An appropriate mechanical organization is shown in FIGS. 4 and 5. The armature shaft 106 of motor 105 drives shaft 107 on which worm 108 drives cross shaft 109 to rotate the moving contact of rheostat 100. Shaft 109 also drives a cam shaft 110 through gears 111 and 112. The cams on this shaft operate in proper sequence a series of switches as shown in FIGS. 2, 5 and 6.

The very first movement of the camshaft 110 closes switch 120 for supplying current to the moving contact 121 of relay 122. It is the ultimate function of contact 121 to control a supply of current to the contact 123 of the relay 102 and to act as a limit switch to interrupt a reversing circuit to the motor 105 during a later operation in which motor 105 rotates cam shaft 110, back to its starting point. Since the reversing circuit is not established except at the conclusion of a cycle of operation of the cam shaft 110, the mere closing of switch 120 at the commencement of the cycle has no effect on the continued rotation of the cam shaft beyond the point at which switch 120 is initially closed.

The second switch to be closed is switch 115. Action of cam 137 on cam follower 138;v actuates switch 115, which closes a shunt circuit around; relay 95, whereby its contact 96 resumes its normally open position. If the amount of current passing between the probes 130 and 131 has been inadequate to actuate relay 9.7, this terminates the movement of the parts for the time being, the. motor being thereupon deenergized. However, if relay 97 has been energized, the motor 105 will continue to be supplied with current through the contacts 98 of relay 97 and the rotation of shaft 107 will continue.

Switches 116, 117, 118 and 119 merely control the pilot lights diagrammatically illustrated in FIG. 2 for the purpose of giving the operator information of the approximate range in which the water control is functioning. However, as the motor 105 continues to operate, it is advancing the moving contact of the rheostat to gradually increase the resistance in the circuit between probes 130 and 131. Ultimately the resistance will reach a value at which current flow between the probes will no longer be sufiicient to maintain the relay 97 energized and the moving contact 98 of such relay will drop to its normally open position.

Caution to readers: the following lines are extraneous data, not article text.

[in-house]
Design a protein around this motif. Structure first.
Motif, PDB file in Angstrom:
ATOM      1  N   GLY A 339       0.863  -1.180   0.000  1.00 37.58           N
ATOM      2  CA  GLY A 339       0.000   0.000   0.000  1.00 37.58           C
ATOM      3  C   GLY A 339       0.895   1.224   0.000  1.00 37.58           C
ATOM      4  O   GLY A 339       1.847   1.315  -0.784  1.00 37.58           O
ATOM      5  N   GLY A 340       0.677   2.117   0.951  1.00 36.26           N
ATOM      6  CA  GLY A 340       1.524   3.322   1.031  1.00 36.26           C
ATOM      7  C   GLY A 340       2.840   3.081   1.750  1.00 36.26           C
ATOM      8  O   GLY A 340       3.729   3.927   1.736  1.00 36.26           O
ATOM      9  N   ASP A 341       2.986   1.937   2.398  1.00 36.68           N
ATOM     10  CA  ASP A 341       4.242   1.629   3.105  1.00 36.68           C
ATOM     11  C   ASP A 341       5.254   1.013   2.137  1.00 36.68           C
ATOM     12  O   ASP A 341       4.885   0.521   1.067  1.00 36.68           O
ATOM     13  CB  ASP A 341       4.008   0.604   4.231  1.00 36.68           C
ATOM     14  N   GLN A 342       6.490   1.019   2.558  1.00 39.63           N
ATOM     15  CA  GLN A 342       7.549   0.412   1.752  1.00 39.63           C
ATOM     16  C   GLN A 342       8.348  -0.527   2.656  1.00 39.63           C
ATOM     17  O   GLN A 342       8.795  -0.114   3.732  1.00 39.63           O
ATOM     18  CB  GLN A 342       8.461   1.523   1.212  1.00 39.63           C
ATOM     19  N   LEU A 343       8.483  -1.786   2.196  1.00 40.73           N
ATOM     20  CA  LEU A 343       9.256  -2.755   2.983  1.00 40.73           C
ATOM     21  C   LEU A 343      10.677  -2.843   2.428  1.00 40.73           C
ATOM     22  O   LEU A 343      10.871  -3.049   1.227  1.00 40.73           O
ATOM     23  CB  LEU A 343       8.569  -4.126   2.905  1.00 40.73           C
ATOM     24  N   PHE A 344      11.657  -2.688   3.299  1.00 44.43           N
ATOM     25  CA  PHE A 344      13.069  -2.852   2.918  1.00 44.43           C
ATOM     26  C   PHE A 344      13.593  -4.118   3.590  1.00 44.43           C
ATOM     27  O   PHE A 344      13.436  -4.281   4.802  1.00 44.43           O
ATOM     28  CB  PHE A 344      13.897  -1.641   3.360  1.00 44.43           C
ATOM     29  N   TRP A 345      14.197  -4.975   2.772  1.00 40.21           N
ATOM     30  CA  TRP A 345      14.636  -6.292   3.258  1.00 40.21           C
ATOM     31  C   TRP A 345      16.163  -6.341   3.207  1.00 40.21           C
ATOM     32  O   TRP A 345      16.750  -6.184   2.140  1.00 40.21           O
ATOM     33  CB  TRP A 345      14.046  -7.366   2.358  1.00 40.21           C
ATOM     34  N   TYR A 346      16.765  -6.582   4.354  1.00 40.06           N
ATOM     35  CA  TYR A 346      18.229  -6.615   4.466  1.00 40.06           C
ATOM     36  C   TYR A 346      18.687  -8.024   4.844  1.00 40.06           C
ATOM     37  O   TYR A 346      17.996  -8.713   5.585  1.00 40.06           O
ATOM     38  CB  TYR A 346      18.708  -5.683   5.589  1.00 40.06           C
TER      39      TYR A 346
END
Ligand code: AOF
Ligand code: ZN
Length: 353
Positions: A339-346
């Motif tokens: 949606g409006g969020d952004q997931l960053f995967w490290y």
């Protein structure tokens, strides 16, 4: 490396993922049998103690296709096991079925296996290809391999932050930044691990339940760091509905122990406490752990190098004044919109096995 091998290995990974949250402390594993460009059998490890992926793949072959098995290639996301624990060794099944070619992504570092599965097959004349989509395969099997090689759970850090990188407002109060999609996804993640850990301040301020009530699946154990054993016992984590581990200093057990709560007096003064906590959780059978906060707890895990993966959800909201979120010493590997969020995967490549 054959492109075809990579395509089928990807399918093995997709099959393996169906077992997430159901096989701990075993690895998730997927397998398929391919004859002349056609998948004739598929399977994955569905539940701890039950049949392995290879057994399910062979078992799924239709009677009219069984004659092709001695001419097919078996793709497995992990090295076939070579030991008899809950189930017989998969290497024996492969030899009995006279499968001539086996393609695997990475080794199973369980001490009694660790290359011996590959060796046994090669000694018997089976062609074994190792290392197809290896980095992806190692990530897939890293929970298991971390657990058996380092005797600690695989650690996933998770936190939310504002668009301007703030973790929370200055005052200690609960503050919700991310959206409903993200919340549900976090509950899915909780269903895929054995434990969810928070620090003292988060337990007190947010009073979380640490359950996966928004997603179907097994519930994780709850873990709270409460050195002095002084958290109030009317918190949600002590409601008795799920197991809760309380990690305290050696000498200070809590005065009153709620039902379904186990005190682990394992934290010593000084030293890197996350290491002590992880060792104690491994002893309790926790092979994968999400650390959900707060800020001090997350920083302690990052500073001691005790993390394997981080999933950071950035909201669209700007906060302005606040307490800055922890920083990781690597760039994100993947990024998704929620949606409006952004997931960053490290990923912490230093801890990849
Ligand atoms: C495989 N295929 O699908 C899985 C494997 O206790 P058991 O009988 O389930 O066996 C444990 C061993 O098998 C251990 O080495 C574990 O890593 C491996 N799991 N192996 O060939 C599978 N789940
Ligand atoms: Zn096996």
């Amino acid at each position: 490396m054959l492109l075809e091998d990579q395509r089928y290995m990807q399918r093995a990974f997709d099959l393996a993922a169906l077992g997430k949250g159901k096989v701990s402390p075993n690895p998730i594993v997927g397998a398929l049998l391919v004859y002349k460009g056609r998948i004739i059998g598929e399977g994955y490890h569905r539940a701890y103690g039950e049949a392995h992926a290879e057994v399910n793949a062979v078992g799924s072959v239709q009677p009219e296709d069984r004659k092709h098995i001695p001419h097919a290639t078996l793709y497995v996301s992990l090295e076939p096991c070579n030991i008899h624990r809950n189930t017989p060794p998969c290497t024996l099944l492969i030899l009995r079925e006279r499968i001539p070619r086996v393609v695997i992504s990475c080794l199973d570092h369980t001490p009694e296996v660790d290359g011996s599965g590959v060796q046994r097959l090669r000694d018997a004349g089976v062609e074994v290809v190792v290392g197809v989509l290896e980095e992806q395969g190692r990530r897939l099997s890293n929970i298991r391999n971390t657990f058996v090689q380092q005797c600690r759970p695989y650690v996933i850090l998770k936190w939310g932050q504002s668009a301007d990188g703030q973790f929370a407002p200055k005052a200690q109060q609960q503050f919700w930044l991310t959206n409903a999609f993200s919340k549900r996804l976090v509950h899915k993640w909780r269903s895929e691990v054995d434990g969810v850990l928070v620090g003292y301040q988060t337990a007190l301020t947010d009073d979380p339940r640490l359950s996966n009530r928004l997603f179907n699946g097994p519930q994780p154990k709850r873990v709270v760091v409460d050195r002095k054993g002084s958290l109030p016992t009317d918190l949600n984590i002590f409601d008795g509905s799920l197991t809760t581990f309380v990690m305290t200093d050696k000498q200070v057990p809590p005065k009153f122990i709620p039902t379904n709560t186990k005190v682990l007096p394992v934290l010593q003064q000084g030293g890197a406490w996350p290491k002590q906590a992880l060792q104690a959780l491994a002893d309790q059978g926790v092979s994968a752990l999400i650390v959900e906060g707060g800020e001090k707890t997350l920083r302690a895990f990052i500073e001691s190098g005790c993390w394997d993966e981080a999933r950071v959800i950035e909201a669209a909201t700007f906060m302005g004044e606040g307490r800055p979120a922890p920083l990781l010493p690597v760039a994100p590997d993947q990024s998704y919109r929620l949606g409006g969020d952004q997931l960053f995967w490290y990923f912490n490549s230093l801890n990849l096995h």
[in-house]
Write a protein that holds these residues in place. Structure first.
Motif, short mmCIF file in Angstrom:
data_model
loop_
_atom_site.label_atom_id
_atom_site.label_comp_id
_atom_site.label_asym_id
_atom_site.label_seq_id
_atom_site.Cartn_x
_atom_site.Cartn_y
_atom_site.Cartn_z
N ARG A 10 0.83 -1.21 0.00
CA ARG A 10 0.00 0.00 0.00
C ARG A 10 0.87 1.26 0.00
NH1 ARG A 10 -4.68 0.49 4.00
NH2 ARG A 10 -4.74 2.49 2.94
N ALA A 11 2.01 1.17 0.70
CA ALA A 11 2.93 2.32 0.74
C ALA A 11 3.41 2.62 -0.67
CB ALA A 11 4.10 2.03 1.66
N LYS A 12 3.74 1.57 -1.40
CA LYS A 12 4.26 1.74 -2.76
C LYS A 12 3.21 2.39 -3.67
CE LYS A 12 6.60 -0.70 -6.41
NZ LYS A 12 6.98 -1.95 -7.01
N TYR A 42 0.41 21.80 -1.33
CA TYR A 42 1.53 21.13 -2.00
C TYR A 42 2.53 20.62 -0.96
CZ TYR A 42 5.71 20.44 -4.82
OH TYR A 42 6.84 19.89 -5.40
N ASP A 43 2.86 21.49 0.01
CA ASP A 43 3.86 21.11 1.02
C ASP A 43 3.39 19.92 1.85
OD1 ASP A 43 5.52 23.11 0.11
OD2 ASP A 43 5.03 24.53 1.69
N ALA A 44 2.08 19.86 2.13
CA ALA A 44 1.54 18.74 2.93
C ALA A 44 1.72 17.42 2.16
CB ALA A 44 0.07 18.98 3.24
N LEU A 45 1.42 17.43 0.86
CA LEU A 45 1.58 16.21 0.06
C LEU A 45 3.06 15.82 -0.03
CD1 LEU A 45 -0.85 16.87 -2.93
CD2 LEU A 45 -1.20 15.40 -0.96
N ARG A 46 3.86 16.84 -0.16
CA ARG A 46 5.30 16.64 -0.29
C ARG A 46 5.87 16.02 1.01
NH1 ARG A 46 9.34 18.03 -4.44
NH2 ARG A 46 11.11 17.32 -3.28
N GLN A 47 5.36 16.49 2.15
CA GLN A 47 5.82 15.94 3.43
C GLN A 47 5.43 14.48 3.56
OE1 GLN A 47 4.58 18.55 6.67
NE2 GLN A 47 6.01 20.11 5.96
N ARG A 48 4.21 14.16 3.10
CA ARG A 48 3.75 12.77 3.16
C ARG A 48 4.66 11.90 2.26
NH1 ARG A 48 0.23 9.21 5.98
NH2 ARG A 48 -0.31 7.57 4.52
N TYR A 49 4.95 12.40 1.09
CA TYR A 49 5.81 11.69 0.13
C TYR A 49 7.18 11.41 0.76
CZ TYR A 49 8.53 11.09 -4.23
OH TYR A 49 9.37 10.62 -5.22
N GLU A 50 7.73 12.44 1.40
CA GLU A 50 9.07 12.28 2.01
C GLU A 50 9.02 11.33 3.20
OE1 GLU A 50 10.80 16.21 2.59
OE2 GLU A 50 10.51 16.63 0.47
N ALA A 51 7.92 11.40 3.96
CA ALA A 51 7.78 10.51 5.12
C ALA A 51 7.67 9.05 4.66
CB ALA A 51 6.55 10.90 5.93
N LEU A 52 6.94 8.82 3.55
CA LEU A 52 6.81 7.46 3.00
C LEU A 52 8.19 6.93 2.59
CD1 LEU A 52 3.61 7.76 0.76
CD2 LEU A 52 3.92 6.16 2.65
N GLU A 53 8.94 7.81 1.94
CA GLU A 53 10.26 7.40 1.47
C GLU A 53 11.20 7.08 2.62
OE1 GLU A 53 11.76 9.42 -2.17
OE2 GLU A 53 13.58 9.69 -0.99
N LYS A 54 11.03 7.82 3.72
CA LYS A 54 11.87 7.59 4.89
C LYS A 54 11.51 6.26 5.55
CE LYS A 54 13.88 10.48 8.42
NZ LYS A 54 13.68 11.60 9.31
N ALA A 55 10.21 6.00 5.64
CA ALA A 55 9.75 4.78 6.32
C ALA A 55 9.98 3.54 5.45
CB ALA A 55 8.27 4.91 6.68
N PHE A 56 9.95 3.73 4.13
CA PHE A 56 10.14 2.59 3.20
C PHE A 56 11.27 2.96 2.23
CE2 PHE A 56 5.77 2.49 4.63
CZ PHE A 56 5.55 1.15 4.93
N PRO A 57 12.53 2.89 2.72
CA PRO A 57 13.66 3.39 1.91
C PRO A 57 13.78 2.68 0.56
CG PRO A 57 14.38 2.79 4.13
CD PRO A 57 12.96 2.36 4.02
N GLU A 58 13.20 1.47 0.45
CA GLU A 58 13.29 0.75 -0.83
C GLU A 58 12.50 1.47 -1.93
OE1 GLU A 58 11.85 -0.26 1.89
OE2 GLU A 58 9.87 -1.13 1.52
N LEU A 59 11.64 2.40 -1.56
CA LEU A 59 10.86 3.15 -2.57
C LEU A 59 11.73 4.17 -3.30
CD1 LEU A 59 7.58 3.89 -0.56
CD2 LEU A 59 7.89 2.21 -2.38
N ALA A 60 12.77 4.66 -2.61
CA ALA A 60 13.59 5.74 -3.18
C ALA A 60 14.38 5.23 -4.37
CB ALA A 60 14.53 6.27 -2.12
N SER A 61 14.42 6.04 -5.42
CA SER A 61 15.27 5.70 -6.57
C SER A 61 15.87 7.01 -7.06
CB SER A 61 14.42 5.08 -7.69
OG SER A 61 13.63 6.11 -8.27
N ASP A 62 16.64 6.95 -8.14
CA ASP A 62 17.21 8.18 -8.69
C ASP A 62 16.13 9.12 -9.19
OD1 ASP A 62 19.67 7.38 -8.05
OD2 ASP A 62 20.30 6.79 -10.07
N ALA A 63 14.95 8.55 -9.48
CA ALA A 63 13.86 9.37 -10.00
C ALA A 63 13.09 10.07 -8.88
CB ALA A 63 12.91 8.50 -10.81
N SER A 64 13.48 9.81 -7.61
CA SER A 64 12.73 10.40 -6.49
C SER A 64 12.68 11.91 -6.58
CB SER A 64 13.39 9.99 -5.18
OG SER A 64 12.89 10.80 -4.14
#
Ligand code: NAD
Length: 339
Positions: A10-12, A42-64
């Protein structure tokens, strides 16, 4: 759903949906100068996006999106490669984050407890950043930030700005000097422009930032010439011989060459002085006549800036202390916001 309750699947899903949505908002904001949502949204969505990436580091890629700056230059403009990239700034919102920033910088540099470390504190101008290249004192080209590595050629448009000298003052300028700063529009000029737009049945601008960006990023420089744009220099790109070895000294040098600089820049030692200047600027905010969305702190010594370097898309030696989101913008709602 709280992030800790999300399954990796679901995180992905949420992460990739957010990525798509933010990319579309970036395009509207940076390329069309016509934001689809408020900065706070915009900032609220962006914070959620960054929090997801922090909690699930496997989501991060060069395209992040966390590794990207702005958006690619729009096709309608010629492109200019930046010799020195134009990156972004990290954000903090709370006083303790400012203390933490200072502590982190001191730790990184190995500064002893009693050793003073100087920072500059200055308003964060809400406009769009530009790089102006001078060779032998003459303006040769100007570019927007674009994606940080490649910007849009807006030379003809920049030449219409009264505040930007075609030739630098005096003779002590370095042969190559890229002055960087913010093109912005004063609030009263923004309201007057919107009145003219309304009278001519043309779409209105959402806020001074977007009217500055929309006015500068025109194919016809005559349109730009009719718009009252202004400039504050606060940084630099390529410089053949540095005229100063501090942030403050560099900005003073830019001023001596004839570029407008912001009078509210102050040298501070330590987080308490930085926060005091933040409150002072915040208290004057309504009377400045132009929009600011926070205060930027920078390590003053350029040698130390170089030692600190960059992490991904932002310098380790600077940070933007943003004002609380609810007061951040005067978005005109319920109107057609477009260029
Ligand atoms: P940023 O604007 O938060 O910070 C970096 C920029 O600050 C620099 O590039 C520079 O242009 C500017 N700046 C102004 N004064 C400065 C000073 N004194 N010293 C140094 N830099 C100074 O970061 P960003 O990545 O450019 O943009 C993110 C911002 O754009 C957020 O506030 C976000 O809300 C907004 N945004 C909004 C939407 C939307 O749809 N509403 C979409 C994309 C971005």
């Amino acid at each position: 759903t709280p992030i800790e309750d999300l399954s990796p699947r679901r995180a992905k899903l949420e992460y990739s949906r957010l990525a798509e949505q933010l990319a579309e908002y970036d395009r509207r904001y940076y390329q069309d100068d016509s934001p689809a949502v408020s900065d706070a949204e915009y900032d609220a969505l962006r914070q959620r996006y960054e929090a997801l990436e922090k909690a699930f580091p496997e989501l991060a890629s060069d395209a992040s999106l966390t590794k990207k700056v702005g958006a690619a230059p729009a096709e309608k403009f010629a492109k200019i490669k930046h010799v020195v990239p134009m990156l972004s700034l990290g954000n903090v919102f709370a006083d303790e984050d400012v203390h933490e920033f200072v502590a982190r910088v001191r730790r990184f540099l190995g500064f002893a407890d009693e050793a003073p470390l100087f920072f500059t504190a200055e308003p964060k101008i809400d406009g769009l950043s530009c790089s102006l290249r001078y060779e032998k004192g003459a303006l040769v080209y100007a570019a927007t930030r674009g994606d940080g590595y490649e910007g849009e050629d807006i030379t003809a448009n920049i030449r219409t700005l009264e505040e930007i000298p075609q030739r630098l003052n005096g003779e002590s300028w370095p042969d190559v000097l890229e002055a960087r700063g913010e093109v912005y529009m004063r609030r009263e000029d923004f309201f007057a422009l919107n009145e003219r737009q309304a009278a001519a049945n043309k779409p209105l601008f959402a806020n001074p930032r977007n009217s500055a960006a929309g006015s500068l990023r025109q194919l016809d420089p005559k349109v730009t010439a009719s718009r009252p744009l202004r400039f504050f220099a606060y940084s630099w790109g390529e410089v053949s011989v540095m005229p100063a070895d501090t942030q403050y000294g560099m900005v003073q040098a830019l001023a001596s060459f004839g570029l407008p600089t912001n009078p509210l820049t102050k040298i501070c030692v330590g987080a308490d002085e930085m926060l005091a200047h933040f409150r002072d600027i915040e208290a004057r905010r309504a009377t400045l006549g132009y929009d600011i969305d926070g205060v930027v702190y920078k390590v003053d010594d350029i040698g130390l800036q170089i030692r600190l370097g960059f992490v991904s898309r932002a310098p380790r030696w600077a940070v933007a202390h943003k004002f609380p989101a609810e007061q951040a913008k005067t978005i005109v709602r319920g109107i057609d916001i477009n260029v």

Whenever the contacts of relay 97 open, the relay 102 is deenergized and its contacts swing to positions shown in FIG. 2, thus breaking the forward driving circuit of motor and not only arresting forward movement of the cam shaft but establishing a reversing circuit to the motor. As above stated, the contact 121 of relay 122 is in series with this reversing circuit and is controlled by the limit switch so that, whenever the motor shaft 107 reaches the starting position, the reversing operation thereof terminates and the parts are inreadiness for another cycle of operation.

When the shaft 107 is rotated by motor 105 to a position determined by a correlation of the rheostat 100 to the amount of current flowing between the probes and 131, the object of such rotation is to adjust the position of the link and thereby to modify the position of bodily movement of switch 90 from that which would otherwise be determined solely by the amount of water admitted into the measuring tank. To achieve this result, shaft 107 is provided With a worm at 186 which drives a cross shaft 187 carrying a pinion 188 meshing with a gear 189 on a rock shaft 190. The arm 191 on rock shaft is slotted at 192 to receive a pivot bolt 193 to which link 185 is connected. Adjustments to control the effect of the motor rotation upon the position of switch 90 can be made by shifting the pivot bolt 193 in the slot 192 until the functioning of this apparatus accurately reflects the desired correction of the position of switch 90 in accordance with the amount of water already in the sand. The initial wetness. of the sand in the batch hopper is very accurately related to the amount of current which will pass between the probes 130 and 131 and the compensating adjustment of the switch to reduce the amount of water to be admitted to the tank for incorporation in the batch is accurately determined by balancing the extent of switch movement, as determined by the resistance of the rheostat, against the amount of current which is flowing.-